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Photos

Channel Islands - Living Sanctuary

Channel Islands - Habitats

Channel Islands - People and the Sanctuary

Channel Islands - Sustainable Seas

Channel Islands - Kids Gallery

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The Channel Islands Marine Sanctuary was formed in 1980 to protect natural resources and to promote research and education. The islands of the Channel Islands National Marine Sanctuary are located between 11 and 65 miles (18-105 kilometers) off the Santa Barbara coast. They encompasses 1,252 square nautical miles of ocean habitat surrounding the four northern Channel Islands The Sanctuary boundaries extend from mean high tide to six nautical miles offshore from each of the islands. Santa Barbara is part of the southern Channel Islands, Anacapa, Santa Cruz, Santa Rosa, and San Miguel are part of the Northern Channel Islands. Because of the orientation of the northern and southern islands, and the different current influences that flow through the Southern California bight, ecologically distinct biogeographic zones formed creating the diverse array of habitats found in the sanctuary.

The distribution of plants and animals in the Sanctuary is strongly influenced by the unique combination of warm and cold-water currents that surround the islands. More than 1000 species of aquatic plants, fish, invertebrates, marine mammals and marine birds are found within the protected waters of the Channel Islands National Marine Sanctuary and new species are continually being discovered. The Sanctuary also provides full or part-time homes for several threatened and endangered species including blue, humpback and sei whales, southern sea otters, the California brown pelican and the California least tern.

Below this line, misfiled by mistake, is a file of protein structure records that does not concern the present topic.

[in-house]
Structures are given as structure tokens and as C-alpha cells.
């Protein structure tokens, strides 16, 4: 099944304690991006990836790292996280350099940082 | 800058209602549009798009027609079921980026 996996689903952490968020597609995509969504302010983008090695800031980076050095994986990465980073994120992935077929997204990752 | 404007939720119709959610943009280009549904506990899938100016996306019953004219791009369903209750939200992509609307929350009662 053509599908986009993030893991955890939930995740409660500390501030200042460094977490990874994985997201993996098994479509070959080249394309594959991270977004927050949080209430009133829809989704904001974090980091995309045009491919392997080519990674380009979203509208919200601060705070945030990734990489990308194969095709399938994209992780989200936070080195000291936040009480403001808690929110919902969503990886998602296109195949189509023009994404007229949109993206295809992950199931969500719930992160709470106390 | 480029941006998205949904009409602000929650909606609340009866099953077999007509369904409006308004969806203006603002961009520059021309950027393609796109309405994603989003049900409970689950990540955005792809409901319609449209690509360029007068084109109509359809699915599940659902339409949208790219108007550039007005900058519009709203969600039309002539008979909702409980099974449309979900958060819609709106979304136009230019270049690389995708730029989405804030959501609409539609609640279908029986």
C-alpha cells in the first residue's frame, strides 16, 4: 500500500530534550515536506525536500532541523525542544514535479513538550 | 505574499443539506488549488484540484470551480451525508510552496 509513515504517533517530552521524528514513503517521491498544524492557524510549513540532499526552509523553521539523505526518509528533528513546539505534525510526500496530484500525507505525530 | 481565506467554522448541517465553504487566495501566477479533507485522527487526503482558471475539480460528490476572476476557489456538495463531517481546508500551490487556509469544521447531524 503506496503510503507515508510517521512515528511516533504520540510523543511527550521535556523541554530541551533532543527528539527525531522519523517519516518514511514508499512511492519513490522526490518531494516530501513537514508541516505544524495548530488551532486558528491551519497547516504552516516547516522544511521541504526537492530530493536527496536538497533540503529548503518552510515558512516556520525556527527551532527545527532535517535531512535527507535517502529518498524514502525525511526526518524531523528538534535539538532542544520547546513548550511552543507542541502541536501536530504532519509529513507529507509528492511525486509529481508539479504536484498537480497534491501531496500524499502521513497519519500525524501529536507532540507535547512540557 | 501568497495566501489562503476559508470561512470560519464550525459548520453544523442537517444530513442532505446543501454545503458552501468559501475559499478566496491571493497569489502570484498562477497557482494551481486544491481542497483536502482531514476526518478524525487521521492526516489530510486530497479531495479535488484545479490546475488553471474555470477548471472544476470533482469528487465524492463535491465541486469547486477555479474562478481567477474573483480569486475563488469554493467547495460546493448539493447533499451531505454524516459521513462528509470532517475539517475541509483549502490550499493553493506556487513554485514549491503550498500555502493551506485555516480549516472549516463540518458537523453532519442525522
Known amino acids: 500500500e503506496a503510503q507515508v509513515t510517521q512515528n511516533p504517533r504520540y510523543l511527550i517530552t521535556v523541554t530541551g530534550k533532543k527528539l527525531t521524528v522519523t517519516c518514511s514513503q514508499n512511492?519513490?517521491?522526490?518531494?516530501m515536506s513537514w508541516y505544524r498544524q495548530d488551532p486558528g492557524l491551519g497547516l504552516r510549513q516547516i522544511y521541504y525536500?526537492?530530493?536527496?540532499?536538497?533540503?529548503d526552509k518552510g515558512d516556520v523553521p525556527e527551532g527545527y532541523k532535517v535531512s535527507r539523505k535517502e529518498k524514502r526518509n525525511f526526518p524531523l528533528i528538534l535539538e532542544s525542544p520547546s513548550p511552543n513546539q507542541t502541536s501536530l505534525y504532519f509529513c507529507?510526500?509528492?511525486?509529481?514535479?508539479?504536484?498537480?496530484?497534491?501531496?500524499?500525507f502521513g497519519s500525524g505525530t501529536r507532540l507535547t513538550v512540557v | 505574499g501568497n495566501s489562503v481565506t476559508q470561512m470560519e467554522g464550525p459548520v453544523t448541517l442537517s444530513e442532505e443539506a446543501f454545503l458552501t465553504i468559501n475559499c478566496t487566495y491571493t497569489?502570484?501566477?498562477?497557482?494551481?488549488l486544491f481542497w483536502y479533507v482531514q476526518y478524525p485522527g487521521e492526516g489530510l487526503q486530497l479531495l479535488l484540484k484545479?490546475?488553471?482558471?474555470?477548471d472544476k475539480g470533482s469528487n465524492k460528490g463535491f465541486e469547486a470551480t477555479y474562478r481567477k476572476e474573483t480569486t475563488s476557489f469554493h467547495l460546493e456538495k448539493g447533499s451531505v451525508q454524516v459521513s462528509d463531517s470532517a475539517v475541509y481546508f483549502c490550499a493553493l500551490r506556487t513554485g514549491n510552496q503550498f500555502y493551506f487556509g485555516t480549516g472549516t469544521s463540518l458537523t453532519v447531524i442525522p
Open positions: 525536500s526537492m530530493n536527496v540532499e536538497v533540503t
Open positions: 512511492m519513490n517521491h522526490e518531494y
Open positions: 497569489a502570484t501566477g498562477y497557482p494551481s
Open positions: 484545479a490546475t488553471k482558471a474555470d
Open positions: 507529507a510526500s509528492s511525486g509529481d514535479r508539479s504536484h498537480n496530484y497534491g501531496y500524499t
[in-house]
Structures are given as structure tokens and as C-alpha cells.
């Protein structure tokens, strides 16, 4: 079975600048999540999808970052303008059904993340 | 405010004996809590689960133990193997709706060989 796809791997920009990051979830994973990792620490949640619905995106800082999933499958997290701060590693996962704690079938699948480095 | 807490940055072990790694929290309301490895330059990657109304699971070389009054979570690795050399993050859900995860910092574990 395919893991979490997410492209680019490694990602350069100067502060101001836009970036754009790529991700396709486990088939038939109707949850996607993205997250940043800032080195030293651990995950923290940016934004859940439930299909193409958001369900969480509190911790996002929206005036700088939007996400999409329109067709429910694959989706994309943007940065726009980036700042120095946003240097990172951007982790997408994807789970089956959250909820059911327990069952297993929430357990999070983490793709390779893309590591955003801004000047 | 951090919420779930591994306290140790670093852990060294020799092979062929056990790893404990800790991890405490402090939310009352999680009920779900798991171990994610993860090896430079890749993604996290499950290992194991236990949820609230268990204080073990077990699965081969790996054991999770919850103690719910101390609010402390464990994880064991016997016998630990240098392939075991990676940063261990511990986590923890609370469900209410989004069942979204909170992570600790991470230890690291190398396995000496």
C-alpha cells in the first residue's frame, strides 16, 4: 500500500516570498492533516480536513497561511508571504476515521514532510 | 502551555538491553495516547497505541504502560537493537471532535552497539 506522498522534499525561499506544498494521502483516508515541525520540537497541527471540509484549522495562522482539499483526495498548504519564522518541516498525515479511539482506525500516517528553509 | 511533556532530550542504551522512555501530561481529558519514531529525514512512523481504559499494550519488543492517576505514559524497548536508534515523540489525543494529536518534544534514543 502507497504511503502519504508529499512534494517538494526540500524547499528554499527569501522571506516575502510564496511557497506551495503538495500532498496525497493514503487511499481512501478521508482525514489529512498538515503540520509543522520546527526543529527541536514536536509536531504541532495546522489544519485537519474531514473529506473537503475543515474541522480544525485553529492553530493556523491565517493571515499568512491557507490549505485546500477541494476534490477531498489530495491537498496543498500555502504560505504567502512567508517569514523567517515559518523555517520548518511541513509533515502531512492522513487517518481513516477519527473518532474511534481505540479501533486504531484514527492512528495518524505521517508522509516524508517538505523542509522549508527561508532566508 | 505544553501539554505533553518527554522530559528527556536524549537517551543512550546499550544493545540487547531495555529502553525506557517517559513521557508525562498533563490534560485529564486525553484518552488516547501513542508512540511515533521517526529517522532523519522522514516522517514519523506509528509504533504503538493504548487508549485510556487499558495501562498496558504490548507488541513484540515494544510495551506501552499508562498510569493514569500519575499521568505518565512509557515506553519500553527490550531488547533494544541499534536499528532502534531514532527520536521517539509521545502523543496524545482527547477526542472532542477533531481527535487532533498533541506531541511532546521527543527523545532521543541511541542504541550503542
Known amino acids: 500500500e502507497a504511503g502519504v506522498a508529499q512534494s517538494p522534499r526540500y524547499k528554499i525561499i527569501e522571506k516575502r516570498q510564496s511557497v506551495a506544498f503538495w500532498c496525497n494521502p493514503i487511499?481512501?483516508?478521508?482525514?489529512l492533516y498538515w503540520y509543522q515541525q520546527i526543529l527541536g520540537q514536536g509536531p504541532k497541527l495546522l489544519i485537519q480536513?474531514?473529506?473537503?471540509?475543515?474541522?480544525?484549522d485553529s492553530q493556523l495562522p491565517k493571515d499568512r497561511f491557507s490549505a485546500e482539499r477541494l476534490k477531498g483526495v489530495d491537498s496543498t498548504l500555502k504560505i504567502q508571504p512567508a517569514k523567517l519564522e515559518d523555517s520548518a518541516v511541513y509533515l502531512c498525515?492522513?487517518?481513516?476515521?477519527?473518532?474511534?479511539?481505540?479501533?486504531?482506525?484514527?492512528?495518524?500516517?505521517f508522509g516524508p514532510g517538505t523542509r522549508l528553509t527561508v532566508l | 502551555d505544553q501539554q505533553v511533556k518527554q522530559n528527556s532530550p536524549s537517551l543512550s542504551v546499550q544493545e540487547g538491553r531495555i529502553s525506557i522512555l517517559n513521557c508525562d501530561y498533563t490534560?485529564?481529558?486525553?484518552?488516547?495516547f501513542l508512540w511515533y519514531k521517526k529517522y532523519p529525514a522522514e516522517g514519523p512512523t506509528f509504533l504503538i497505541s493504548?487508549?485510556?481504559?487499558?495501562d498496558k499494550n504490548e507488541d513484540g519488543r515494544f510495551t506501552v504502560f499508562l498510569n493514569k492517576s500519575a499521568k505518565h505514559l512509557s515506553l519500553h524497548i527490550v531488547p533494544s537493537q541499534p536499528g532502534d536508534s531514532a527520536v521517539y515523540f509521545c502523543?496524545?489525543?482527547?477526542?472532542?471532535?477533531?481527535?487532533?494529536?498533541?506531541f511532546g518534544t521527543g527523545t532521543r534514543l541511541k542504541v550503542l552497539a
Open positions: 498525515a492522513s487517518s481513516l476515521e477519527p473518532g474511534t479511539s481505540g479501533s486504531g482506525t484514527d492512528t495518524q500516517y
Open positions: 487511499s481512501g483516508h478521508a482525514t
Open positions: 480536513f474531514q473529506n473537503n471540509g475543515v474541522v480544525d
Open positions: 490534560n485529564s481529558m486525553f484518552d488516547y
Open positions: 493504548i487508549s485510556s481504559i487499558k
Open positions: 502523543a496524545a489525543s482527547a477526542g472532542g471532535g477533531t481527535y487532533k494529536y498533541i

The Sanctuary also supports valuable commercial industries such as fishing, diving, boating and tourism. In 1999, a community based Sanctuary Advisory Council was created to advise and assist the Sanctuary Manager on developing policies related to protecting the resources within the boundaries of the Sanctuary. The Sanctuary Advisory Council is represented by ten members from local, state and federal government agencies and ten community members representing tourism, recreation, fishing, business, research, conservation, education and general public interests.

The photo gallery contains images which portray only a small portion of the living and physical resources of the sanctuary. In addition, it portrays some of the major uses of the sanctuary. For a more detailed description of the marvels of Channel Islands National Marine Sanctuary visit the Channel Islands description on the Marine Sanctuaries section of this site.

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The Collection

 

The Living Sanctuary presents 18 photos depicting marine mammals, fish, birds, and invertebrates. Among these images are sea lions, blue sharks, dolphin, starfish, treefish, murrelets, jellyfish, bryzoans, and giant kelp to name just a few.

Habitats presents 16 photos depicting the various marine and nearshore habitats making up the sanctuary. Included in this section you will find satellite images of sea surface temperatures, photos of each of the large islands, and species which take advantage of the various physical habitats found in the Channel Islands National Marine Sanctuary.

People and the Sanctuary presents 13 images depicting the many ways that human beings use the sanctuary and its adjacent areas. You will see people recreating, researching, working, and learning the important lessons that the sanctuary has to offer.

The Sustainable Seas Expeditions photos for the May - June 1999 expedition to the Channel Islands National Marine Sanctuary are not available.

The Kids Gallery for the Channel Islands National Marine Sanctuary has no entries at this time.

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